Economic Inclusion and Climate Equity

April 2012
By Jared Sanchez, Mirabai Auer, Veronica Terriquez, and Mi Young Kim

Prepared in collaboration with the Koreatown Immigrant Workers Alliance (KIWA)

Please note: reports dated earlier than June 2020 were published under our previous names: the USC Program for Environmental and Regional Equity (PERE) or the USC Center for the Study of Immigrant Integration (CSII).

On the twentieth anniversary of both the founding of Koreatown Immigrant Workers Alliance (KIWA) and the L.A. civil unrest, Koreatown: A Contested Community at a Crossroads takes stock of changes over the past two decades, lifts up new challenges, and charts the possibilities for the next twenty years.

A collaboration between KIWA and the USC Program for Environmental and Regional Equity (PERE), the report tells the story of a diverse, immigrant, working-class community caught at the crossroads of globalization and urban redevelopment–forces threatening to displace many. Koreatown has become a highly sought-after global neighborhood with new developments and businesses that are often controlled by foreign investors.

In 1992, KIWA, only a few months old, responded to the civil unrest by organizing Korean and Latino immigrant workers to fight for their fair share of income that was lost in the destruction–and then took on other abuses rampant in the restaurant industry. Twenty years later, the crisis facing low-wage workers and residents may be less visible–but the way forward is much the same. KIWA and others’ sustained, grassroots approach to urban problems can reach both the depth and scale needed to address the root causes of poverty, low-wage work, and overcrowding.

With its deep commitment to organizing residents and workers across race and language, KIWA can take a lead on how to build an L.A. that represents our hopes for a just, inclusive, and livable future.


Read our other publications by research area

    Immigrant Integration & Racial Justice

    Our work on immigrant integration and racial justice brings together three emphases: scholarship that draws on academic theory and rigorous research, data that provides information structured to highlight the process of immigrant integration over time, and engagement that seeks to create new dialogues with government, community organizers, business and civic leaders, immigrants and the voting public to advance immigrant integration and racial equity.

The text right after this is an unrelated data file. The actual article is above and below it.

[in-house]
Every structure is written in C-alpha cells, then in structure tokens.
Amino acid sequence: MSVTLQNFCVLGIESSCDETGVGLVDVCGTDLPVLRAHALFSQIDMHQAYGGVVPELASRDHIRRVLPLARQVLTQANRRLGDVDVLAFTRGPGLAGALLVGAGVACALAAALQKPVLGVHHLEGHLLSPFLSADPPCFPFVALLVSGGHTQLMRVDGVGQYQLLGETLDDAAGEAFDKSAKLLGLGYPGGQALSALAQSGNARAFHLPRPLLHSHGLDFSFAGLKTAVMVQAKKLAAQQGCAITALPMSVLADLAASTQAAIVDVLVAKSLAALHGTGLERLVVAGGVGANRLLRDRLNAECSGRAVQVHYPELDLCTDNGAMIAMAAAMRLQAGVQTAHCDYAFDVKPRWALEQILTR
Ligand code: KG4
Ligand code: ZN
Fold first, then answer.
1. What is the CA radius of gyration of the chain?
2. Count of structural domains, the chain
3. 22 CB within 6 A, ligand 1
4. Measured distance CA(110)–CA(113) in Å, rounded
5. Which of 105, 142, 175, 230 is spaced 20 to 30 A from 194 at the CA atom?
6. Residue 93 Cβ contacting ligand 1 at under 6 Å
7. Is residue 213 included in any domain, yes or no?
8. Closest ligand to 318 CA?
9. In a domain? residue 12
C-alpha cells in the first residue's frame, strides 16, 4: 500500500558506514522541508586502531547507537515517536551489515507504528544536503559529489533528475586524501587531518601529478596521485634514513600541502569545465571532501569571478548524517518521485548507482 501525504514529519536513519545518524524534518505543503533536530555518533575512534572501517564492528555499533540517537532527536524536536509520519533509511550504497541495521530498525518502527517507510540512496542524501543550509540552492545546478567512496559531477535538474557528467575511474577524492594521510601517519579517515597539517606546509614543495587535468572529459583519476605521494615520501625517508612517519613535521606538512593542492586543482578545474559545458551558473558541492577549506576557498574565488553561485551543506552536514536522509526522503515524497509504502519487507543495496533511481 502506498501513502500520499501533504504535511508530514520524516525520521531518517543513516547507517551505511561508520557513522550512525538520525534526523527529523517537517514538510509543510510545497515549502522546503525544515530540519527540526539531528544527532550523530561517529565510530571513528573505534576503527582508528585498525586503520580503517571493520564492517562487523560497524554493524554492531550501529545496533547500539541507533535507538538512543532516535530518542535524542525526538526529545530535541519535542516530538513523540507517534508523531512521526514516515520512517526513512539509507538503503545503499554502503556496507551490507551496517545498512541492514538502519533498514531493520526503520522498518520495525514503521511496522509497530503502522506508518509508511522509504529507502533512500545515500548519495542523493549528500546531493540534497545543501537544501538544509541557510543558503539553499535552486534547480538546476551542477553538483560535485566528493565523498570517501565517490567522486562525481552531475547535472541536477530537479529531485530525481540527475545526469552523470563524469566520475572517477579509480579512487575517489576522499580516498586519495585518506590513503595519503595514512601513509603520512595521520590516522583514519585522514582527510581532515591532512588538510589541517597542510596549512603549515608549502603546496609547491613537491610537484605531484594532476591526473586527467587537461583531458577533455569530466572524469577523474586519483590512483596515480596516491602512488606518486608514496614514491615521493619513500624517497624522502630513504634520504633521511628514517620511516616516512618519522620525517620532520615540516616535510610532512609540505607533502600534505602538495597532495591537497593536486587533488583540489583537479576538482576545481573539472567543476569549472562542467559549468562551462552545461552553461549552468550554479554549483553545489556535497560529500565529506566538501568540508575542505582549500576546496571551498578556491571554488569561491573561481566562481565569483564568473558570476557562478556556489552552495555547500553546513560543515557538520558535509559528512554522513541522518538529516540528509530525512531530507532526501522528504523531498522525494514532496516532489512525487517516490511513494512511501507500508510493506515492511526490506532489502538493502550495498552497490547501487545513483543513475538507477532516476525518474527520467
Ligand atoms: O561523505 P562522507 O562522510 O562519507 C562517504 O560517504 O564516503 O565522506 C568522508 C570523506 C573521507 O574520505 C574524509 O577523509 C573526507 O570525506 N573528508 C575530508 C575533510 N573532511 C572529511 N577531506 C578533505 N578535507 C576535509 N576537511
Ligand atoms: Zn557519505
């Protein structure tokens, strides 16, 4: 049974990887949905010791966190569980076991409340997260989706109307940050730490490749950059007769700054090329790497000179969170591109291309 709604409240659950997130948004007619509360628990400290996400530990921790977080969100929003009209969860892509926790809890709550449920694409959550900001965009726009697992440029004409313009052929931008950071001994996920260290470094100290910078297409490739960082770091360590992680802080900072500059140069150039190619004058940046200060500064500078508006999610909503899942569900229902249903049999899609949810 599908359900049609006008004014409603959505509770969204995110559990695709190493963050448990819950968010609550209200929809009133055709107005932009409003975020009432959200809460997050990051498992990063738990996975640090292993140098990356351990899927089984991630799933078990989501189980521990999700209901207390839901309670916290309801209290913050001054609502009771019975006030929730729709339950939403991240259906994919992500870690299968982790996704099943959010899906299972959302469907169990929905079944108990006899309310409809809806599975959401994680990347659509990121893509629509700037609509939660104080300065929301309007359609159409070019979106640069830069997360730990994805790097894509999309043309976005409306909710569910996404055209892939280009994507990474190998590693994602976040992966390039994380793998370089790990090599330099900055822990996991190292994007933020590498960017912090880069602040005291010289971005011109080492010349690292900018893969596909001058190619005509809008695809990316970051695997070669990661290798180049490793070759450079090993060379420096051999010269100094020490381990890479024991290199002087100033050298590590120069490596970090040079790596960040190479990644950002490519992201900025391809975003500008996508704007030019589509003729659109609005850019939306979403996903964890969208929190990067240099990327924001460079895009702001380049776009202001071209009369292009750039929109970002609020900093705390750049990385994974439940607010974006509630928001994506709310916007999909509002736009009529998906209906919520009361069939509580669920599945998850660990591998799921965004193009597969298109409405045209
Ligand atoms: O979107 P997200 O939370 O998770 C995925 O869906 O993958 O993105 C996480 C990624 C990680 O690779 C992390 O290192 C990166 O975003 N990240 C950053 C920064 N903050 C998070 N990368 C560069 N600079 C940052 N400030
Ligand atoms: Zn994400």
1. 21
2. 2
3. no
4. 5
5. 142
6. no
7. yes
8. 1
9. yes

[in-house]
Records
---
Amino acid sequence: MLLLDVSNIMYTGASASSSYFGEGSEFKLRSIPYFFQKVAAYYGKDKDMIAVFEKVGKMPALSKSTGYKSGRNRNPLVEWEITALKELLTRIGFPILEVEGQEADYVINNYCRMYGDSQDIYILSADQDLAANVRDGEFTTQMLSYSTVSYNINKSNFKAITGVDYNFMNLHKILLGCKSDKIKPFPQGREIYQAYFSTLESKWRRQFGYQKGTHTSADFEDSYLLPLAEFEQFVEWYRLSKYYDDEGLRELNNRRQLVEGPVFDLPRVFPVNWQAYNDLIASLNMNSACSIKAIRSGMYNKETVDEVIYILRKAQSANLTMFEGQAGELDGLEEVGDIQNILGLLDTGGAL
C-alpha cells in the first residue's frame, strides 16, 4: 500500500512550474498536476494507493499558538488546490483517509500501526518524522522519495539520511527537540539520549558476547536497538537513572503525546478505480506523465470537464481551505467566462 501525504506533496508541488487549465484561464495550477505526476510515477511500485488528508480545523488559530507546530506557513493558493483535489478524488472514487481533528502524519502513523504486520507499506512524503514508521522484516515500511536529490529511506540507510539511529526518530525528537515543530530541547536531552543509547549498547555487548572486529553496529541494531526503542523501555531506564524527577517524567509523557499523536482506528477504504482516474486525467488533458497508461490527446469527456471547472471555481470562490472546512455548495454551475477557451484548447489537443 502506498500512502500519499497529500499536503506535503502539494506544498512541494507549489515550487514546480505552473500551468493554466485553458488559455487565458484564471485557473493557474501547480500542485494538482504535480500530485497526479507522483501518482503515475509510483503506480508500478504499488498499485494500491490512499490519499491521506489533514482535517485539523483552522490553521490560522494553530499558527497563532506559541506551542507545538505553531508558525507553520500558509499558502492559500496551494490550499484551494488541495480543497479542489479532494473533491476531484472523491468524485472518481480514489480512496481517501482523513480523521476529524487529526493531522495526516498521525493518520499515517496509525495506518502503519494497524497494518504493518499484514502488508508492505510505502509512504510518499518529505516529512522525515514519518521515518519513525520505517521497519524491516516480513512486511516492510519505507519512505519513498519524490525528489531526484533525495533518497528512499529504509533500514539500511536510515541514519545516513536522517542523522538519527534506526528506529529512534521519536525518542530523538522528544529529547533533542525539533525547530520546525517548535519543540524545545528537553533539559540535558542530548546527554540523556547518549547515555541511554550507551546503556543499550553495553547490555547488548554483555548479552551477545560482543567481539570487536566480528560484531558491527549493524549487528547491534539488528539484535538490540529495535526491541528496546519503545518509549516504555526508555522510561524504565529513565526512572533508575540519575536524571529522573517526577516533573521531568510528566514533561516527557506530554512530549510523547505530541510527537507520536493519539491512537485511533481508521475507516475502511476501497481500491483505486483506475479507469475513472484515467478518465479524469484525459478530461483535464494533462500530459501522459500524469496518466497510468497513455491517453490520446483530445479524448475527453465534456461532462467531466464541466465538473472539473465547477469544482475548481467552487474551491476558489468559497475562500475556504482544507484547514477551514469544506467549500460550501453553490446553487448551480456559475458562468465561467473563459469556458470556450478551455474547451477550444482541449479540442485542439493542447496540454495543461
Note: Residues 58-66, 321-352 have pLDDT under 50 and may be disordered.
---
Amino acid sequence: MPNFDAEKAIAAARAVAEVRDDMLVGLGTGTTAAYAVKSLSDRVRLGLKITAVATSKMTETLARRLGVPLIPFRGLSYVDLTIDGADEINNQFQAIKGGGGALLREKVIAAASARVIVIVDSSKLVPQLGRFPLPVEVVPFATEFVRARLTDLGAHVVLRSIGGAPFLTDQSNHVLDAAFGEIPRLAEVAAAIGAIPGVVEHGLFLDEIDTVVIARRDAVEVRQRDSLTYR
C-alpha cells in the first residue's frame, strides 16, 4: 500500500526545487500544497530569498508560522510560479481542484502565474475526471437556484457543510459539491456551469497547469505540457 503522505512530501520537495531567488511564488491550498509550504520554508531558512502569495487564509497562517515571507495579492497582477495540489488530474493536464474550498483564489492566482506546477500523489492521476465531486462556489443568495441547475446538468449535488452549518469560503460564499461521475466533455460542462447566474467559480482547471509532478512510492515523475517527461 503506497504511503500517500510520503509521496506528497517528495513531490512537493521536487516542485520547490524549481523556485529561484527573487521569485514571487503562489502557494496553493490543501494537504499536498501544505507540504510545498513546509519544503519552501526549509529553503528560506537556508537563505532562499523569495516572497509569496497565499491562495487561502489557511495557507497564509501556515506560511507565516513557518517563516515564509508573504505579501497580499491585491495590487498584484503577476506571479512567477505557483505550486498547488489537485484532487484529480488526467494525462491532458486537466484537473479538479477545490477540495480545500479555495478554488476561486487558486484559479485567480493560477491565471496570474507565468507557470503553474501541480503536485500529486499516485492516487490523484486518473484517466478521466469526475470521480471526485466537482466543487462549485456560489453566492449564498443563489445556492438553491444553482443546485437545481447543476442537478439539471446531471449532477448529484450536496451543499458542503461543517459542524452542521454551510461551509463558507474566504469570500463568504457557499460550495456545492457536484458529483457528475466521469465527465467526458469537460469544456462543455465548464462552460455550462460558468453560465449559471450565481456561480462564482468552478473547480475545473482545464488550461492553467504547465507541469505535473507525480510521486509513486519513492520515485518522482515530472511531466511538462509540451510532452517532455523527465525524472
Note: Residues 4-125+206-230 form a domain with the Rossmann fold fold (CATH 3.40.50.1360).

Economic Inclusion & Climate Equity

    In the area of economic inclusion, we at ERI advance academic theory and practical applications linking economic growth, environmental quality, and civic health with bridging of racial and other gaps; produce accessible and actionable data and analysis through the data tools; and establish research partnerships to deepen and advance the dialogue, planning, and actions around racial equity, environmental justice, and the built environment.

    Social Movements & Governing Power

    ERI’s work in the area of governing power includes: conducting cross-disciplinary studies of today’s social movements, supporting learning and strategizing efforts to advance dialogues among organizers, funders, intermediaries, evaluators, and academics, and developing research-based social change frameworks and tools to inform—and be informed by—real-world, real-time efforts towards a vision of deep change.

    Publications Directory

    In 2020, the USC Program for Environmental and Regional Equity (PERE) and the USC Center for the Study of Immigrant Integration (CSII) merged to form the USC Equity Research Institute (ERI).

    The full list of publications published under our previous and current names can be found in our publications directory.

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